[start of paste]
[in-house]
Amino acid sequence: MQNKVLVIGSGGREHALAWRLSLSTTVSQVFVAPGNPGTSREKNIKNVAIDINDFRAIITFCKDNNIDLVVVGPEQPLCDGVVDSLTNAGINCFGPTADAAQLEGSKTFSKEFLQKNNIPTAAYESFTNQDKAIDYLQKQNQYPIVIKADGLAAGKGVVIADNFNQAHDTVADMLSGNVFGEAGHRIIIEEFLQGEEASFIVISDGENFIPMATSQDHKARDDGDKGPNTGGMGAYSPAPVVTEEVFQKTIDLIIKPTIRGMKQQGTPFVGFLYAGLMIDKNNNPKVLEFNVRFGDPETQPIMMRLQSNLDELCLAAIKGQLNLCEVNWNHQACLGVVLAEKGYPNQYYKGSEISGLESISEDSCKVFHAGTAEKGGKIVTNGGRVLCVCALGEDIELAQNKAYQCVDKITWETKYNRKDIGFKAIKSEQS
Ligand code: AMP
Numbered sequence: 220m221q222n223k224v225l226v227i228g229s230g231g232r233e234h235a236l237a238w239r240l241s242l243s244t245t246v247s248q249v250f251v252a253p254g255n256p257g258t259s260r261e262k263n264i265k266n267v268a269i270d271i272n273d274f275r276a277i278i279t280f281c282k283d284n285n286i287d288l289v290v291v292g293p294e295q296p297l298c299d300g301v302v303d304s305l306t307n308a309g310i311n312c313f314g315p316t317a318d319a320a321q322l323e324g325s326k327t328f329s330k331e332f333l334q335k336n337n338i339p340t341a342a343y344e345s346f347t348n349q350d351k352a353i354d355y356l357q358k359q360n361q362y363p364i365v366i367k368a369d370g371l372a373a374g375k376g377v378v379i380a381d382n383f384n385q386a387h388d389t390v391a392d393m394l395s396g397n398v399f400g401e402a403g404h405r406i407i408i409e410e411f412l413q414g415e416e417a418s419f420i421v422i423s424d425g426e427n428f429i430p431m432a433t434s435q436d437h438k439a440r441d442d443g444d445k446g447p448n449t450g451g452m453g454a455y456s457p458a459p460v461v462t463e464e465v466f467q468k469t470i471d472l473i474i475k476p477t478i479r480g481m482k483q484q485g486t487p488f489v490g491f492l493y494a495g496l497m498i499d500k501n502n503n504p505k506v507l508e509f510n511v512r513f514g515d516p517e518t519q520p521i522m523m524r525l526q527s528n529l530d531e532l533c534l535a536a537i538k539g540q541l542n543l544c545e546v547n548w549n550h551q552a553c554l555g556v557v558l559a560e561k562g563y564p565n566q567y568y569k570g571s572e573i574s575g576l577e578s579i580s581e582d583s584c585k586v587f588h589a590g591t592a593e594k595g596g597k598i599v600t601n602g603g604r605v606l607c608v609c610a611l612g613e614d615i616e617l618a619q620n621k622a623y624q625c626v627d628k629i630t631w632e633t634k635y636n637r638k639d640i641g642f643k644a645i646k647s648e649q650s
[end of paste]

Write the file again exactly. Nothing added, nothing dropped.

[in-house]
Amino acid sequence: MQNKVLVIGSGGREHALAWRLSLSTTVSQVFVAPGNPGTSREKNIKNVAIDINDFRAIITFCKDNNIDLVVVGPEQPLCDGVVDSLTNAGINCFGPTADAAQLEGSKTFSKEFLQKNNIPTAAYESFTNQDKAIDYLQKQNQYPIVIKADGLAAGKGVVIADNFNQAHDTVADMLSGNVFGEAGHRIIIEEFLQGEEASFIVISDGENFIPMATSQDHKARDDGDKGPNTGGMGAYSPAPVVTEEVFQKTIDLIIKPTIRGMKQQGTPFVGFLYAGLMIDKNNNPKVLEFNVRFGDPETQPIMMRLQSNLDELCLAAIKGQLNLCEVNWNHQACLGVVLAEKGYPNQYYKGSEISGLESISEDSCKVFHAGTAEKGGKIVTNGGRVLCVCALGEDIELAQNKAYQCVDKITWETKYNRKDIGFKAIKSEQS
Ligand code: AMP
Numbered sequence: 220m221q222n223k224v225l226v227i228g229s230g231g232r233e234h235a236l237a238w239r240l241s242l243s244t245t246v247s248q249v250f251v252a253p254g255n256p257g258t259s260r261e262k263n264i265k266n267v268a269i270d271i272n273d274f275r276a277i278i279t280f281c282k283d284n285n286i287d288l289v290v291v292g293p294e295q296p297l298c299d300g301v302v303d304s305l306t307n308a309g310i311n312c313f314g315p316t317a318d319a320a321q322l323e324g325s326k327t328f329s330k331e332f333l334q335k336n337n338i339p340t341a342a343y344e345s346f347t348n349q350d351k352a353i354d355y356l357q358k359q360n361q362y363p364i365v366i367k368a369d370g371l372a373a374g375k376g377v378v379i380a381d382n383f384n385q386a387h388d389t390v391a392d393m394l395s396g397n398v399f400g401e402a403g404h405r406i407i408i409e410e411f412l413q414g415e416e417a418s419f420i421v422i423s424d425g426e427n428f429i430p431m432a433t434s435q436d437h438k439a440r441d442d443g444d445k446g447p448n449t450g451g452m453g454a455y456s457p458a459p460v461v462t463e464e465v466f467q468k469t470i471d472l473i474i475k476p477t478i479r480g481m482k483q484q485g486t487p488f489v490g491f492l493y494a495g496l497m498i499d500k501n502n503n504p505k506v507l508e509f510n511v512r513f514g515d516p517e518t519q520p521i522m523m524r525l526q527s528n529l530d531e532l533c534l535a536a537i538k539g540q541l542n543l544c545e546v547n548w549n550h551q552a553c554l555g556v557v558l559a560e561k562g563y564p565n566q567y568y569k570g571s572e573i574s575g576l577e578s579i580s581e582d583s584c585k586v587f588h589a590g591t592a593e594k595g596g597k598i599v600t601n602g603g604r605v606l607c608v609c610a611l612g613e614d615i616e617l618a619q620n621k622a623y624q625c626v627d628k629i630t631w632e633t634k635y636n637r638k639d640i641g642f643k644a645i646k647s648e649q650s